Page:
Alpine IPAs

January 15, 2010 by Aaron Goldfarb | Filed under Brewer: Alpine, Country: America, Grade: A plus, Grade: A regular, Style: IPA.

A year ago at this time I’m not even sure if I’d heard of Alpine Beer Co.  That seems hard to believe now–now that they have four beers on the Beer Advocate Top 100–but even just a year ago they were a tiny tap-only outfit near San Diego worshiped by locals, not really known by outsiders.  Luckily, just last summer, a great man named Jesse the Hutt insisted I let him send me a growler of Alpine’s Nelson and my IPA world was rocked–it was probably the best I’d ever had.

Alpine finally started bottling stuff in the last few months, and in a recent trade, when Jesse asked what I wanted sent to me from the other coast, I pretty much just screamed:  “EVERY SINGLE ALPINE IPA POSSIBLE!”  And, indeed, last week I received Alpine’s four bottled IPAs, all of which I drank as fresh as possible last weekend.

Pure Hoppiness

8% ABV from a bomber

Seemingly Alpine’s flagship brew, I started my Friday night with this “mega-hopped” bad boy which uses hops in the boil, more hops in the giant hopback, plus an incredible amount of dry-hopping.  Honestly, I wasn’t that blown away at first, but just like Nelson, the more I drank it the more I noticed its complexities and really started to enjoy it.  Pure Hoppiness is a very citrusy hop bomb with just a tad note of sweetness. An odd but not unpleasant thin, cask-like mouthfeel too allowing it to go down easy with minimal bite.  I loved it, but was not OMG floored.



6.75% ABV from a bomber

Saturday afternoon I lugged Duet and Nelson over to an NFL playoff party at a friend’s apartment who, though he is a bit of a beer connoisseur, just doesn’t dig on IPAs.  Has never been able to enjoy that certain hops bitterness we all love.  I, of course, am constantly trying to force-feed him great IPAs and figured I’d give it one last go with these beauties, assuming that if couldn’t enjoy these, he truly would never enjoy hoppy beers.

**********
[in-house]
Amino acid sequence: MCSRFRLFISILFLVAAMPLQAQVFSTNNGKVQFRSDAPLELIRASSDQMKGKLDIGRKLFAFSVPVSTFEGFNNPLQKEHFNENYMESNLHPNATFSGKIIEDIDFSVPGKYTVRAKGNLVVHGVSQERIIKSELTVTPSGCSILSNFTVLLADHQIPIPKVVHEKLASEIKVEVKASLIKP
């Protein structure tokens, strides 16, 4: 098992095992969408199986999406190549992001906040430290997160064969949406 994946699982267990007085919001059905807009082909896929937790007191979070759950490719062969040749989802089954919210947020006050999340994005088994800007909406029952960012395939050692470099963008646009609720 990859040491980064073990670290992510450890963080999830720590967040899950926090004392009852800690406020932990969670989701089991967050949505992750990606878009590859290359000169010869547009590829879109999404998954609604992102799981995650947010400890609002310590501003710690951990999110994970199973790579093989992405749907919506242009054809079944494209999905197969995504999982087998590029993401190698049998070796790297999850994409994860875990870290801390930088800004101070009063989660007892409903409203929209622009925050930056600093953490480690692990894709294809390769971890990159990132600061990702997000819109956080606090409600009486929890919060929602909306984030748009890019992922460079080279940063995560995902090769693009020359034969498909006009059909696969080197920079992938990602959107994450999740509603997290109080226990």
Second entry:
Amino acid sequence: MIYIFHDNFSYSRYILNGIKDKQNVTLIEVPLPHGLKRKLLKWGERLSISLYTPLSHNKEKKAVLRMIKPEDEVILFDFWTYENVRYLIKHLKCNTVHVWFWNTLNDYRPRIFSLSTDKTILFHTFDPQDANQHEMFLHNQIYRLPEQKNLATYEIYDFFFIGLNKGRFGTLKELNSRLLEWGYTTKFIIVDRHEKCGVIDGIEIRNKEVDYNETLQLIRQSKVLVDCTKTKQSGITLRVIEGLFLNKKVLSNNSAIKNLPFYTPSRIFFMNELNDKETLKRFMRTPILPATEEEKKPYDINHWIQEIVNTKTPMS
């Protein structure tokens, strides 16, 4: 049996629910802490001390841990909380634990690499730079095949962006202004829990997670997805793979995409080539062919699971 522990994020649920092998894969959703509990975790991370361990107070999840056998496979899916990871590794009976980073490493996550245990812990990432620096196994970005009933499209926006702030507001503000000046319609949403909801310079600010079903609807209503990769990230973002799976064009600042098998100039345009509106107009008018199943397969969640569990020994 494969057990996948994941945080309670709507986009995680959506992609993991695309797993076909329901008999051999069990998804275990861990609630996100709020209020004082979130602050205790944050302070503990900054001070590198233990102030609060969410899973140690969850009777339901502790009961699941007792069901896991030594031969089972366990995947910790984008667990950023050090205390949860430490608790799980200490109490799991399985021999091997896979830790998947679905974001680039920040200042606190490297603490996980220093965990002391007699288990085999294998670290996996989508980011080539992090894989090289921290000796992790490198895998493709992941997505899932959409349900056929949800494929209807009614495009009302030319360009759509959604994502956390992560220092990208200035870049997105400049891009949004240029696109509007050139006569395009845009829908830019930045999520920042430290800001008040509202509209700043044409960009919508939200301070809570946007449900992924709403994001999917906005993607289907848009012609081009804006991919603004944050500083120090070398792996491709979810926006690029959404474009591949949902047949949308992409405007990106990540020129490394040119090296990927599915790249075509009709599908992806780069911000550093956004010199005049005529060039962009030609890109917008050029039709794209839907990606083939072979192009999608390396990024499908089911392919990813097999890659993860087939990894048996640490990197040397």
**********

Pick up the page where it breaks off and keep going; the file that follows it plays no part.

My gamble paid off as Duet opened his eyes to the brilliance of the IPA.  It opened my eyes too.  I’ve drank hundreds of IPAs in my life, but never anything like this before.  An incredible smell of Simcoe and Amarillo hops “in harmony” (hence the name.)  Sticky and sweet, Duet is one of those great hoppy beers that causes two side-effects that you would think would be bad, but which always seem to denote a great IPA:

1.  Burping–hoppy beers always make me belch as the bitterness tickles the back of my throat and, you know, it’s not entirely unpleasant to keep “re-tasting” a great hoppy beer long after you finished drinking it.

2.  Phlegm production–hoppy beers can also be like a really pulpy glass of  fresh-squeezed OJ which causes the insides of your mouth to form sticky spiderwebs of throat snot, make it a struggle to just open your mouth.

Remarkable how much body and complexity comes out of a “mere” 6.75% beer.  I don’t like to quibble between single and double IPAs, but it’s hard to believe a single IPA could be better than this.



7.1% ABV from a bomber

My first time to have Nelson from a bottle and it totally stacked up to it straight from a fresh growler.  Much lighter and fizzier than Duet, almost looks like a macro beer in fact on the pour.  It’s amazing how different two IPAs of similar strength from the same brewery can be.  Nelson is far more bitter and grapefruity than Duet and lacks that sweet tinge of a finish that Duet has, but this is still a masterpiece and definitely a hallmark for those that prefer their IPAs drier.


Exponential Hoppiness

10.5% ABV from a bomber

I saved them granddaddy of the all, the brilliantly named (it uses multiple kettle hop additions with the technique of doubling the hop amount each addition, thus exponentially) and beautifully labeled Exponential Hoppiness for last.  I saved this one for me, me, and only me, as my macro-swilling friends drank some Bud Light tallboys on Sunday afternoon.